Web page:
Thursday, June 21, 2012

Hidden gems

I don't know about you, but I have come to realize that marketing can be huge.  Sometimes the power of say commercials can cause a television network to dump an otherwise successful show, or can doom a movie to be a flop simply in the short clip presentation.

Lately I have become aware of the priceless nature of finding the hidden story.  Lurking out there are stories that someone should be reading, and movies we should be watching because you will walk away feeling happy, enriched, and perhaps even appreciating life a little bit more.

This week, I have encountered two such movies.  The first was "We Bought a Zoo."  My guess is that the people putting the clips together to advertise on television latched on to exactly two plot points:

1) There is a cute little girl.

2) There are zoo animals.

Cute girl + zoo animals = schmaltzy kids movie.

WRONG.  So wrong.

These are NOT the point of the movie.  If I were to give a fair summary, I would say this movie is about reinventing yourself after tragedy.  It is about family.  It is about determination.  It is about hope.  It is not about cute kids and parading animals.

While I personally love superhero movies, things exploding, and spies jumping off of skyscrapers, in a world as tense as ours is these days we need things that keep hope alive.  That celebrate the goodness in people.

Love and determination I believe are themes that we can't dismiss.

And not Hollywood love, either, but demonstrations of loyalty, courage, and generosity.

Which brings me to my second undervalued movie this week, which is "The Best Exotic Marigold Hotel".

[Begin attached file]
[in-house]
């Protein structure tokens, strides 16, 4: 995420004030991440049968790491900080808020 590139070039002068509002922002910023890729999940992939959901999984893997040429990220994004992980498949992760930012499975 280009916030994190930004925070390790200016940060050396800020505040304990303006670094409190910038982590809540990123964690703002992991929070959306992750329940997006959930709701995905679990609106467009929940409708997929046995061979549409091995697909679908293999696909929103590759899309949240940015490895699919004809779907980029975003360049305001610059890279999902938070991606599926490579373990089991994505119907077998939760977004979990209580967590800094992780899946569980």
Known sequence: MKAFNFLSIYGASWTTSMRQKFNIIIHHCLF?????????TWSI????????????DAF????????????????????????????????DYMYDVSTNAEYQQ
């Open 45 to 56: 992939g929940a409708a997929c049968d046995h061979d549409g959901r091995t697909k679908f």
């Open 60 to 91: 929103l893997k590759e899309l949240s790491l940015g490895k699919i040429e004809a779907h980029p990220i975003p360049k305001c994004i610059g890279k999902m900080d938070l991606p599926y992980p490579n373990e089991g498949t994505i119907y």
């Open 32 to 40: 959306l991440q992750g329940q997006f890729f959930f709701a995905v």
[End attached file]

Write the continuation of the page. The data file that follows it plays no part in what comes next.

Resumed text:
What I believe this drama suffered from was an older cast.  What should be an asset, in the eyes of marketing, becomes a hindrance.   While the movie stars what I consider to be some of the best actors over the age of 50 out there, they are all older.  And the movie is about being older, but also about getting out of your comfort zone and living life to the fullest.

However, we've seen with successful television shows like "Harry's Law" that unless it appeals to an audience of 18-49, you don't exist.  Nevermind the fact that baby boomers are over 49 and assuredly financially are 18-49 year olds.  We're all a little more cash poor than we were a few years ago.  Money is money.

I really believe that were this film marketed more and better it would have appealed to a wider audience, much like "We Bought a Zoo."  And much like the other movie, theater patrons would have been treated to solid acting, interesting dramatic plot, and a definite feeling of warmth and goodness to carry with you.

Truly there is value in film, much like literature, that leaves its mark on you for days and years afterwards.

Shouldn't we all be striving to take in films that enrich our lives?


  1. Agree! I loved Harry's Law. I think Kathy Bates has only gotten more beautiful as she has gotten older. And in a lot of ways she reminds me of my mom. I'll be sad to see the show go. I thought the "Best Exotic Marigold Hotel" looked interesting to me but "We Bought A Zoo" didn't appeal to me all that much. Your blog is a lesson to look beyond the trailer and make decisions for yourself!

  2. I'm totally going to miss "Harry's Law." I agree with your assessment of Kathy Bates, too. I really think she just gets more beautiful. And Harry was such a fiesty character. It was doing well in the ratings and critics liked it, but it was all about the stupid advertisers. Because they only got a small fraction of their key demographic, they pulled advertising and basically the network caved to their demands. I personally don't understand why they didn't just get different advertisers. Throw in a few more Cymbalta, Viagra, Sunsetter Awning, and BenGay commercials and let me keep Harry!